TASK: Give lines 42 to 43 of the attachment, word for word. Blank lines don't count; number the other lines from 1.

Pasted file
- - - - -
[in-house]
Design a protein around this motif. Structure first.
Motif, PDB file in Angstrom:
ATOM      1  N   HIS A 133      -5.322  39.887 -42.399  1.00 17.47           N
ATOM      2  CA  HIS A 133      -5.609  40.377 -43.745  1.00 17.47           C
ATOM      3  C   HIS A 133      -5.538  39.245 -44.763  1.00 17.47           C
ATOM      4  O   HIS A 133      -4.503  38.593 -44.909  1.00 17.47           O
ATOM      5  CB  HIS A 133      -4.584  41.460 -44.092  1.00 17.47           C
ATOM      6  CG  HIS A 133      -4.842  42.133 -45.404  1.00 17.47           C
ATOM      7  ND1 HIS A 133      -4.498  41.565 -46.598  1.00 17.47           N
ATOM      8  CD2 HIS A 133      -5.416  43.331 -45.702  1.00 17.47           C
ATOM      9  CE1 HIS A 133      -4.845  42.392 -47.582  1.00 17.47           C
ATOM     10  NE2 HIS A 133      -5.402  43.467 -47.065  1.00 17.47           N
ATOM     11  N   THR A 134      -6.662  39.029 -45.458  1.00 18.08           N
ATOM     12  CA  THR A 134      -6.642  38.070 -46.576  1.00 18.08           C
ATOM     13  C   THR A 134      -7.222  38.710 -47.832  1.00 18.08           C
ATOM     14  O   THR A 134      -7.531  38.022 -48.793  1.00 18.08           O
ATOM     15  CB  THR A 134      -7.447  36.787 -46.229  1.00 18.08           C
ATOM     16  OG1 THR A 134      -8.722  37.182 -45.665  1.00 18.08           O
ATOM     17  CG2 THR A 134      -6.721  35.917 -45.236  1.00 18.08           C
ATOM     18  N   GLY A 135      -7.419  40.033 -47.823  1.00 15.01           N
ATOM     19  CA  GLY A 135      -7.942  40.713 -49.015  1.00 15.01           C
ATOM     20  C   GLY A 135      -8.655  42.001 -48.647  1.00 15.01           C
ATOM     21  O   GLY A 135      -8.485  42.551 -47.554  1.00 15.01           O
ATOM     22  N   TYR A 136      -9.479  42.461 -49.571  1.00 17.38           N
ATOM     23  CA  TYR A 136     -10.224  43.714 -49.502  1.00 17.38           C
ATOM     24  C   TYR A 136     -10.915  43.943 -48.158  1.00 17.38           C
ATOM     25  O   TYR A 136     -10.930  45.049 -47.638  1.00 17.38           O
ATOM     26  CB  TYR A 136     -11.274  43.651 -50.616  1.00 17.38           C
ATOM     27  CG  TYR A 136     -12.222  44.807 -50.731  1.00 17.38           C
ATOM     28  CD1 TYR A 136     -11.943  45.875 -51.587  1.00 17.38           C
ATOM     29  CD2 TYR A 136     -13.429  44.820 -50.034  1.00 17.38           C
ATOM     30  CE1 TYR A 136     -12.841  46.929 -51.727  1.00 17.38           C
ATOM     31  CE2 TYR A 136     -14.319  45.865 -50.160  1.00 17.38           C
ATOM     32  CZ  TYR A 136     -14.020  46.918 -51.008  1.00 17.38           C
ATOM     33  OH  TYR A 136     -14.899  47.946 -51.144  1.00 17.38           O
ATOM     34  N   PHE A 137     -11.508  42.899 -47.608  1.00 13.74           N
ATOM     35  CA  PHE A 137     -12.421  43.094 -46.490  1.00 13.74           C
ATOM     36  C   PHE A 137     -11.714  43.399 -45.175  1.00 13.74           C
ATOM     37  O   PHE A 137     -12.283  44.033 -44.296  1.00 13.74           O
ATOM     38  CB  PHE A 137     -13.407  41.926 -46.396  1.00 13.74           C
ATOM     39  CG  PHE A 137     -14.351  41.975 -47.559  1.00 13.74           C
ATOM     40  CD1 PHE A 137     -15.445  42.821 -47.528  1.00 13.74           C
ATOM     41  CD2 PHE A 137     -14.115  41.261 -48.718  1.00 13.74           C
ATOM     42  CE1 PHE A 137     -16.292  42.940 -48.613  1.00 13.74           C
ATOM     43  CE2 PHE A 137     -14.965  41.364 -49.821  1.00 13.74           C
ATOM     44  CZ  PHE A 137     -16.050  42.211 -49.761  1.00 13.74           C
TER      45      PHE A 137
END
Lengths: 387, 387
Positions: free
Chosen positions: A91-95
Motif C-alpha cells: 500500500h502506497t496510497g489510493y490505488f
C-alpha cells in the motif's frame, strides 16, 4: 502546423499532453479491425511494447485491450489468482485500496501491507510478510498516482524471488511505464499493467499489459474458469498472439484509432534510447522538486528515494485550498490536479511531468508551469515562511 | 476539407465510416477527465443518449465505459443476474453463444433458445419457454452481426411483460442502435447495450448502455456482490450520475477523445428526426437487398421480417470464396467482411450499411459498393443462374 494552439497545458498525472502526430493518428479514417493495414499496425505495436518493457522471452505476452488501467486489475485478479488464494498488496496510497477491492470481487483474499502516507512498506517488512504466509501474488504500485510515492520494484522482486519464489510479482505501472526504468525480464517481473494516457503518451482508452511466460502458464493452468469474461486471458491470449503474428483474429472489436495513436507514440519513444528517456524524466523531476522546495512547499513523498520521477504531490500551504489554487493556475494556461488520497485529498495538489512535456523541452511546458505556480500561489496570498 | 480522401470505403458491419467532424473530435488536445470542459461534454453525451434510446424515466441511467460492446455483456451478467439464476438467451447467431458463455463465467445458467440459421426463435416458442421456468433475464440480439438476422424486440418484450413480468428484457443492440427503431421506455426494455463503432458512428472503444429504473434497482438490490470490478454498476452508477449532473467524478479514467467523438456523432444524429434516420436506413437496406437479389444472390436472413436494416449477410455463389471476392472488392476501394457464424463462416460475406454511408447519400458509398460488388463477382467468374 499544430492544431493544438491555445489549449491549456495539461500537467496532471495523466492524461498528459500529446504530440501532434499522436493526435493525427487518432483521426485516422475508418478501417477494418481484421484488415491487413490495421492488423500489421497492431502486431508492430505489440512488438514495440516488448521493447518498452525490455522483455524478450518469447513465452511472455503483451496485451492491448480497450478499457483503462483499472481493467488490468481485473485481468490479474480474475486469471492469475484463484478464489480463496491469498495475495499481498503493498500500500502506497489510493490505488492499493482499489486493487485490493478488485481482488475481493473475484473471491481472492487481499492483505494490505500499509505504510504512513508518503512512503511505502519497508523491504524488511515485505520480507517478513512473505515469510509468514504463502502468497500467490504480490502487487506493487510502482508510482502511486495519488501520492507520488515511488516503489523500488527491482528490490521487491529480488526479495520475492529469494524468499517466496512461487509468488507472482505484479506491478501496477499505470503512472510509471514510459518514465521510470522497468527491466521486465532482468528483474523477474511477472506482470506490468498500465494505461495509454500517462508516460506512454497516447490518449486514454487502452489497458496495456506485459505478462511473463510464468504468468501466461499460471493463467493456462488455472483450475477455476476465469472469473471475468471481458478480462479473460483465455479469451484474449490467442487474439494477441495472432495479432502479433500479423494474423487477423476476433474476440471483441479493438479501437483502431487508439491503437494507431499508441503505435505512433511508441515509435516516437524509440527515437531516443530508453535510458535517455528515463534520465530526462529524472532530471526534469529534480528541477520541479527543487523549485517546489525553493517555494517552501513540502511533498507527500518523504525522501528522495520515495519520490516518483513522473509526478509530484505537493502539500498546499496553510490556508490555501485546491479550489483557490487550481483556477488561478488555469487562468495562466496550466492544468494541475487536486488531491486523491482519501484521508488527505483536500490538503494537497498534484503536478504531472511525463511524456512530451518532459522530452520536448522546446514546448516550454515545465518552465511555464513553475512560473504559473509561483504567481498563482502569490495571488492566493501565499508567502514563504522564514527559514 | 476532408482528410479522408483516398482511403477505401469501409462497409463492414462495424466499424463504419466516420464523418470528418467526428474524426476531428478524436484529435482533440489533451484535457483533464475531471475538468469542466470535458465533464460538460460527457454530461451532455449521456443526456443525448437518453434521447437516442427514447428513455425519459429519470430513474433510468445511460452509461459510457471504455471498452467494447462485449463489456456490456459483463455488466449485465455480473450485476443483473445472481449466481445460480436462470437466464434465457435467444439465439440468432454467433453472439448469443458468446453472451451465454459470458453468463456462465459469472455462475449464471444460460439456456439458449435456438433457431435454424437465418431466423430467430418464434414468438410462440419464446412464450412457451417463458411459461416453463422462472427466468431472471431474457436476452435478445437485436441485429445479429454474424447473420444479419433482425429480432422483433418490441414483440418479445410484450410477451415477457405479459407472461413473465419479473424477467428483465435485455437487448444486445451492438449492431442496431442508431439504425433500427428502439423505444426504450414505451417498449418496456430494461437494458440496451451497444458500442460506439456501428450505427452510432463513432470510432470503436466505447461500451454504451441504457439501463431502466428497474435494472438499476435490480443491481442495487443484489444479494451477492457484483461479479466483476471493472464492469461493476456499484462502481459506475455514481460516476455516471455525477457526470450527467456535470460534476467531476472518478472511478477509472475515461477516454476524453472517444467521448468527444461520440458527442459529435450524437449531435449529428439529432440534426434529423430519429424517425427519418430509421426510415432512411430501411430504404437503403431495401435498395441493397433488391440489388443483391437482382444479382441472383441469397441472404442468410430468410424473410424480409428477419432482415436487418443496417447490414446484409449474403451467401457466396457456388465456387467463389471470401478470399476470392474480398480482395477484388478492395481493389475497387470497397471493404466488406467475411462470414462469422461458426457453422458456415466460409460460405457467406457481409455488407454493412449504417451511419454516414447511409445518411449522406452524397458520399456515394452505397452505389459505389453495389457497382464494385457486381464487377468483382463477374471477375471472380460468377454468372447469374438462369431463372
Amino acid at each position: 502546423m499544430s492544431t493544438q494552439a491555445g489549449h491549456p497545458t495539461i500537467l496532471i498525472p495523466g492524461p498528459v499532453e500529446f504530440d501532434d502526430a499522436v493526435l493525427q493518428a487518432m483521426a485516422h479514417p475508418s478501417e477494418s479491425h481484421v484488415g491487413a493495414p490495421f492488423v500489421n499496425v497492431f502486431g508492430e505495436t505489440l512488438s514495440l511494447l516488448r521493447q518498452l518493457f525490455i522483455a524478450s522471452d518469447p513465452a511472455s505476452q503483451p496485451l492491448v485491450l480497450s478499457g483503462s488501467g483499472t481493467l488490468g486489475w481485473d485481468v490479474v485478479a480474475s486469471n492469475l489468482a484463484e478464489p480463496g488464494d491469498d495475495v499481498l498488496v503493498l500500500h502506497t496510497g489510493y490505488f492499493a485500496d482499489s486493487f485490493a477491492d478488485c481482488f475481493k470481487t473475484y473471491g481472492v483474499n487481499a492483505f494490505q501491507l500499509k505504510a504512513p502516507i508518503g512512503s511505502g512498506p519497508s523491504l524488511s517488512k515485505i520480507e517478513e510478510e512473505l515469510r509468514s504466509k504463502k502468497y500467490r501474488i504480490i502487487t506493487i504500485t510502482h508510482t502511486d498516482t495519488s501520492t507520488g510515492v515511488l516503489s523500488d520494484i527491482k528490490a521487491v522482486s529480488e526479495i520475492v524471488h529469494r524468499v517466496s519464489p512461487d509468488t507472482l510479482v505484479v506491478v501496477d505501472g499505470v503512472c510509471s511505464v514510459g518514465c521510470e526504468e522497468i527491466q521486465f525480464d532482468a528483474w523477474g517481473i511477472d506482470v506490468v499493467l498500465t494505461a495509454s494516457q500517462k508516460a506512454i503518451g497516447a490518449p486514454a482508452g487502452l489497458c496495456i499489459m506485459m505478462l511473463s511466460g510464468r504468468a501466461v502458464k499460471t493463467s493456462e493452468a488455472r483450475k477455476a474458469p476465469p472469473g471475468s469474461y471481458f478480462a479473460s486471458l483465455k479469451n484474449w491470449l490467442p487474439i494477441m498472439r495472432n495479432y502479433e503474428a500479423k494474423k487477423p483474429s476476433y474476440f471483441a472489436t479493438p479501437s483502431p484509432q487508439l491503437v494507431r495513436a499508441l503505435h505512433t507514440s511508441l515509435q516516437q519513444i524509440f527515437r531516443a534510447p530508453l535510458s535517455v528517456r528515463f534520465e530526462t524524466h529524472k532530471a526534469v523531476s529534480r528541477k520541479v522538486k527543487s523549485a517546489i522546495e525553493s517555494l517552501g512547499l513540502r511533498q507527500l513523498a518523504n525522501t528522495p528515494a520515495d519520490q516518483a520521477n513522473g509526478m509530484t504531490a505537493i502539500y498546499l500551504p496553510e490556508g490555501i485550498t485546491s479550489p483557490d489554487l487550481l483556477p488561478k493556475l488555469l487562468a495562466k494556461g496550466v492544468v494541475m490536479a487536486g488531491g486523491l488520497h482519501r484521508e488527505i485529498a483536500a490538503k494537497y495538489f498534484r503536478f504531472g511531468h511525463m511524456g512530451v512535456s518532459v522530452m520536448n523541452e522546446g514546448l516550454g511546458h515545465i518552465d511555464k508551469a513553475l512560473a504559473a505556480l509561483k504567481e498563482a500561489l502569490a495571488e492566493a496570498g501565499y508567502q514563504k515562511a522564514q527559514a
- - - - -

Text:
ATOM     39  CG  PHE A 137     -14.351  41.975 -47.559  1.00 13.74           C
ATOM     40  CD1 PHE A 137     -15.445  42.821 -47.528  1.00 13.74           C